Venom: Miracle Medicine?

Venom: Miracle Medicine? – Brief Article

Nicole Dyer

A sea creature’s poison helped cure a life of chronic pain. Could venom be the newest wonder drug?

After a freak hurricane, 14-year-old Laura McManus helped her dad clear fallen tree limbs from their yard. Tugging at a branch, she felt pain rip through her lower back. “I didn’t think pain like that was possible,” she says. Laura’s dad rushed her to a hospital near their home in Mt. Sinai, New York. Doctors told her she suffered from stress-triggered muscle spasms, and prescribed painkillers. But the pain only grew worse. A doctor soon discovered Laura had an extra vertebra (spinal-column bone), lodged at the base of her spine. Under strain, the extra vertebra shifted and crushed nearby nerves.

For the next 10 years, pain ruled Laura’s life. After five operations, surgeons implanted a pump the size of a hockey puck in her spine that constantly injected painkillers. But nothing worked. “I couldn’t do anything–I had to use a cane to walk,” Laura says. “I was so depressed I didn’t care if I lived or died.”

When she was 26, her doctor phoned one morning to tell her about an experimental new drug called SNX-111. The liquid painkiller is made from the venom, or animal poison, of a snail found off the coast; of the Philippines. “You want to give me snail poison?” Laura cried. But to her disbelief, the new medication worked almost instantly.

In their endless quest to treat chronic pain and diseases, scientists are sleuthing out unlikely sources for new medicines, including animal venom–the same poisonous substances that conjure up lethal snake and scorpion bites (see mini-poster, p. 10). “We know that animal venom acts quickly and targets very specific parts of the body–two things critical to making a successful drug,” says George Miljanich, a biochemist at Elan Pharmaceuticals in Menlo Park, California, who helped develop SNX-111.

Now, in final stages of testing on volunteers like Laura McManus, the potent painkiller may well gain approval from the U.S. Food and Drug Administration (FDA). So far, the FDA has approved only a few venom-based drugs, such as captopril (KAP-tuh-pril). Produced from pit viper poison, captopril dramatically lowers high blood pressure. But dozens of these wonder drugs could be available within three to five years. “Because of their potential to make great medicines, research into animal venom has exploded,” Milanich says.


Venoms, also called zootoxins, are liquid brew of toxic chemicals that many animals–including reptiles, fish, and even bugs–use to ward off predators and seize prey. Poisonous snakes produce venom in a gland in the roof of the mouth; they inject it into prey through hollow teeth called fangs. The male platypus, one of the few venomous mammals, uses a spur connected to a venom gland on its hind ankle to stab its victims. The two-inch cone snail, whose venom helps make SNX-111, collects poison in a gland called a venom bulb. The snail shoots a tiny harpoon-like stinger at an unsuspecting fish, paralyzing its next meal. Less than one drop of this venom could kill a human within hours! Dozens of unaware shell collectors have died, mistaking this fist-sized creature for a seashell!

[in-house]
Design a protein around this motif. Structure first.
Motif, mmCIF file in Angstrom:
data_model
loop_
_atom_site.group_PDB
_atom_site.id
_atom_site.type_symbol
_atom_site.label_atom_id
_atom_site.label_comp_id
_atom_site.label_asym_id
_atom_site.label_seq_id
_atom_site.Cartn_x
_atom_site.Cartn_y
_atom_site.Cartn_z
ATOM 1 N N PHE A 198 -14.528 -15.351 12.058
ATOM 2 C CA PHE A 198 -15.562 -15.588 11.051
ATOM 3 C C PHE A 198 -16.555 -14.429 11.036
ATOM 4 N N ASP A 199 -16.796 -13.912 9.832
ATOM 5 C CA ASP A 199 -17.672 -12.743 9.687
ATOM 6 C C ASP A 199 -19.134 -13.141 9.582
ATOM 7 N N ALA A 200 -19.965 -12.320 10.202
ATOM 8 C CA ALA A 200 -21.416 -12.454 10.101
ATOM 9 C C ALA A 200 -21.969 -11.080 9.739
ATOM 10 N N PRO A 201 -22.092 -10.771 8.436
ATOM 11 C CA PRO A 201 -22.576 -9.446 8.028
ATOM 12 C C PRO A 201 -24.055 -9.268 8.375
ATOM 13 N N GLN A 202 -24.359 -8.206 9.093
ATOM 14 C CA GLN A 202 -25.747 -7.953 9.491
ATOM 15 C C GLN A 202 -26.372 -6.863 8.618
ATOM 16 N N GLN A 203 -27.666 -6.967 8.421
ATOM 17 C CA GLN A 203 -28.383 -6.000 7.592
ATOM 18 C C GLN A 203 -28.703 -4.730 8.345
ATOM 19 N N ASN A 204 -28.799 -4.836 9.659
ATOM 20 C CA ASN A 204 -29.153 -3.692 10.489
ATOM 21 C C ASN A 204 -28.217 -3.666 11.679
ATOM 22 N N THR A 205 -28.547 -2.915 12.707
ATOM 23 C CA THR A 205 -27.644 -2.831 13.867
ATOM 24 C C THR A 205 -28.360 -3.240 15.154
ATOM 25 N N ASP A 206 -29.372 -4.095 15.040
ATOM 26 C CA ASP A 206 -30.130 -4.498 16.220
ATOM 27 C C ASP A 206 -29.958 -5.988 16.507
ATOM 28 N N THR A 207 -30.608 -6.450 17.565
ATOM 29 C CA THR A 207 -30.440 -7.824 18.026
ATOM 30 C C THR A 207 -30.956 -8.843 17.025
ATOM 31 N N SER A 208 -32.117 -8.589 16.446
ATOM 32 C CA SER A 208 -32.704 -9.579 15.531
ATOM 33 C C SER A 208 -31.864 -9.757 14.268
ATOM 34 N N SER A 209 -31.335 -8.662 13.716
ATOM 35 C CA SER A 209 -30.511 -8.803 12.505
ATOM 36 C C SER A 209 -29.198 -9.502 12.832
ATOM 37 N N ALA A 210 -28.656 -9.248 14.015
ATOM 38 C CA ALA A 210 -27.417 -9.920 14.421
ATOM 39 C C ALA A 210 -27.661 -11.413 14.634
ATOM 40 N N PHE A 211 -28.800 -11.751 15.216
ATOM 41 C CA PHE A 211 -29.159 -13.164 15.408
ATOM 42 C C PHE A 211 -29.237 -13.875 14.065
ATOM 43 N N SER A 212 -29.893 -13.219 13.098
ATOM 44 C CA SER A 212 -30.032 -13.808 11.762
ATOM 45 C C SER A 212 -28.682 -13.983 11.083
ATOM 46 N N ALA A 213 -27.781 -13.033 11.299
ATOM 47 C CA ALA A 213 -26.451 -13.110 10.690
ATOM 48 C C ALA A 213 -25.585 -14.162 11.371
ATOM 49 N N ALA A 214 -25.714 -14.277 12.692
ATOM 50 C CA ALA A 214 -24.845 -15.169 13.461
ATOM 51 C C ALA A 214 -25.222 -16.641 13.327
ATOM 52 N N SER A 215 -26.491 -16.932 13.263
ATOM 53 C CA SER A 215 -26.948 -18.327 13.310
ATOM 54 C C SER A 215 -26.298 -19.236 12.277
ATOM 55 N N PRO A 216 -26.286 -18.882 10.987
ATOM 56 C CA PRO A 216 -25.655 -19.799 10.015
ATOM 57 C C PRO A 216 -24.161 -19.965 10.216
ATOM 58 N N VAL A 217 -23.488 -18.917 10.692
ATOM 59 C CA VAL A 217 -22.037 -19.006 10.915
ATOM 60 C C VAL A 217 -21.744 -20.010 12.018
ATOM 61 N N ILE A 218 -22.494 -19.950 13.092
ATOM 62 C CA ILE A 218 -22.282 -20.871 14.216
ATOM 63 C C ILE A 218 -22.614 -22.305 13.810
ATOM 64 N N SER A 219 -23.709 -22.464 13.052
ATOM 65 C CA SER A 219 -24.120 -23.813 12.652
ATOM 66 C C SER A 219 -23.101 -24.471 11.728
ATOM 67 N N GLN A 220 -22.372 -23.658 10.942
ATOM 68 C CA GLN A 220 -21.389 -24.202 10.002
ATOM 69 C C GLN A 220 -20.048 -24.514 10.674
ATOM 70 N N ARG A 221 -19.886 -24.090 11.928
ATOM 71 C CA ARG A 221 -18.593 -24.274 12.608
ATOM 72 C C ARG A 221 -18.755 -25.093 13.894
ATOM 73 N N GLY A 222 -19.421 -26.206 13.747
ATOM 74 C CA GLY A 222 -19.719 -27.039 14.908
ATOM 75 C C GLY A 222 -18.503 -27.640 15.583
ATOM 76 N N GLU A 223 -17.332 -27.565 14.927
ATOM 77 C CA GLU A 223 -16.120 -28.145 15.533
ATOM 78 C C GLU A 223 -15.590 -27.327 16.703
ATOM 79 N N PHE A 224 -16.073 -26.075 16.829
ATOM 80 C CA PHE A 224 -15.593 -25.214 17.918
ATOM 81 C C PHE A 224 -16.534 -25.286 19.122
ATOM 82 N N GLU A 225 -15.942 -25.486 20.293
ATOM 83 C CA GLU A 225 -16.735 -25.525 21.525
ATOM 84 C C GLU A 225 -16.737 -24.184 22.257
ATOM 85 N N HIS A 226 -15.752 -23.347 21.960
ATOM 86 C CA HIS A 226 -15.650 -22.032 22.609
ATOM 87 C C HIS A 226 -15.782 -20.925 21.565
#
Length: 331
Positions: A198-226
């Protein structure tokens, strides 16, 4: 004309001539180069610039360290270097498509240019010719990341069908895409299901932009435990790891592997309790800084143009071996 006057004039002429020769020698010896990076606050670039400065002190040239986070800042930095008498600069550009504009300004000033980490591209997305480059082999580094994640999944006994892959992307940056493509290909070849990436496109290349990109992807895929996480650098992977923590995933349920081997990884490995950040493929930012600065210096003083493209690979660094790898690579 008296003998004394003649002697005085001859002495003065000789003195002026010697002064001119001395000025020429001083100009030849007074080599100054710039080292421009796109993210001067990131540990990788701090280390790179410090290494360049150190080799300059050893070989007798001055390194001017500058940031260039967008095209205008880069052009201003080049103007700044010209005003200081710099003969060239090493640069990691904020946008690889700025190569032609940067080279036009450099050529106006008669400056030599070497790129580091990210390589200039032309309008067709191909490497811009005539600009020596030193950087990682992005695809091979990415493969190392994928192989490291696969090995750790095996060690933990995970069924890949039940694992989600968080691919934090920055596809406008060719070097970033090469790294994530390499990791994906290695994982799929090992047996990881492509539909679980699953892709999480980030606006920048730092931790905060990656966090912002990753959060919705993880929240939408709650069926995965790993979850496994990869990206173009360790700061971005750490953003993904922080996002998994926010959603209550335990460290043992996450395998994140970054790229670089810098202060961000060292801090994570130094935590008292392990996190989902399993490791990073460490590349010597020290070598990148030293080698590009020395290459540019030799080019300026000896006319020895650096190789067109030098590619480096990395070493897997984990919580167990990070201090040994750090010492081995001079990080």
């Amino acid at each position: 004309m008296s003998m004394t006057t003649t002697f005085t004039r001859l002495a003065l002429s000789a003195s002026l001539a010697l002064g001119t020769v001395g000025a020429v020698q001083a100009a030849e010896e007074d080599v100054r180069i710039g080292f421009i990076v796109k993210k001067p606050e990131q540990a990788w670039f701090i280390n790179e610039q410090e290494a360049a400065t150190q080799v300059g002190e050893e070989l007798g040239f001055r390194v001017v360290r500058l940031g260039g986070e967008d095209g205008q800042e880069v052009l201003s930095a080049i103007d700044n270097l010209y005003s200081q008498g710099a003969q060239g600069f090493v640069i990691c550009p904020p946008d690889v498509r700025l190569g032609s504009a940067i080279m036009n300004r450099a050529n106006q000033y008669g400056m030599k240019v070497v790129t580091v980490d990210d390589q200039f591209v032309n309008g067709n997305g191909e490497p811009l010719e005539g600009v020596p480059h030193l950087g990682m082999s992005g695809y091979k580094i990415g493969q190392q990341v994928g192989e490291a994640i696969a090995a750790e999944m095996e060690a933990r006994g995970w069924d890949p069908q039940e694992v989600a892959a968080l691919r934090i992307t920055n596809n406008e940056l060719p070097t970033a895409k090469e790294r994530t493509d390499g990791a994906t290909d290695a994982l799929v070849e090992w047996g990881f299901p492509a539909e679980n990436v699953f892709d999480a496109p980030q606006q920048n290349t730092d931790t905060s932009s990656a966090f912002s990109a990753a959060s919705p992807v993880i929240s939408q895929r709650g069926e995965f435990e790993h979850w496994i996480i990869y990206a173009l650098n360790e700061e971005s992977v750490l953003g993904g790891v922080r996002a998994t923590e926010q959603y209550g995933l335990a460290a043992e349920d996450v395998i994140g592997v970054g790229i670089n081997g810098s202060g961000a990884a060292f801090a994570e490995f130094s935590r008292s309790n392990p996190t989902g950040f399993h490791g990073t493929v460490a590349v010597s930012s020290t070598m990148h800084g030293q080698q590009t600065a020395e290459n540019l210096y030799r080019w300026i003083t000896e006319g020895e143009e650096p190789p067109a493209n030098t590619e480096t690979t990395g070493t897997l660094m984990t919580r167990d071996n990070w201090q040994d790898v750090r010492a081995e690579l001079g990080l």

Whatever the animal, venom’s end result is the same: It cripples a victim’s nervous system, the network of nerve cells that coordinates and controls basic body functions, such as breathing and muscle movement. If your brain orders your hand to move, the nervous system transmits an electrical signal along a pathway of nerve cells from the brain to your hand (see diagram, below). Venom destroys communication between nerve cells–paralyzing your hand.



So how can a deadly poison relieve human pain? Many of the nerve cells that venom targets also transmit the sensation of pain from its source–like Laura’s spine–to the brain. The key was to isolate the chemical in snail poison that deadens pain but otherwise leaves the nervous system unharmed. Miljanich and his team experimented with dozens of snail-venom chemicals until they hit the jackpot: a compound known as MVIIA.

Next, researchers had to produce usable quantities of MVIIA without killing every cone snail in the Philippines. Luckily, they were able to synthesize, or copy the original venom, by duplicating its chemical structure in a laboratory. The new man-made compound, called ziconotide (zi-CONE-uh-tide), or SNX-111, targets nerve cells activated by the element calcium. In fish, these cells direct muscle movement. But in humans, the cells exist only as pain sensors concealed in the spinal cord. When a doctor injects the compound directly into Laura’s spine, ziconotide blocks signals along pain-sensing nerves from her spine to her brain. But it doesn’t block any other nerve signals, like those that control alertness and thinking. So Laura has no side effects.

It may be hard to believe, but venom gave Laura McManus a new life.


How does your body detect pain? Say you’re cooking in the kitchen and accidentally touch a scalding pot. The instant your finger touches the pot, your fingertip’s nerve endings, bundles of pain-sensing cells called sensory neurons, trigger an electrical signal or impulse.

The impulse travels through nerves in your arm, up your spinal cord (a canal running through your back that contains millions of neurons) to your brain. The impulse reaches your cerebral cortex, the brain region that interprets pain impulses.

After the cerebral cortex processes the impulse, a signal shoots back down the spinal cord to motor neurons, nerve cells connected to muscle tissues. The impulse causes your arm muscles to sense pain and contract, or move. As a result, you yank your arm away from the hot pot. The process happens within one-thousandth of a second, so you probably won’t even realize you touched the pot until you pull your hand away. Ouch!

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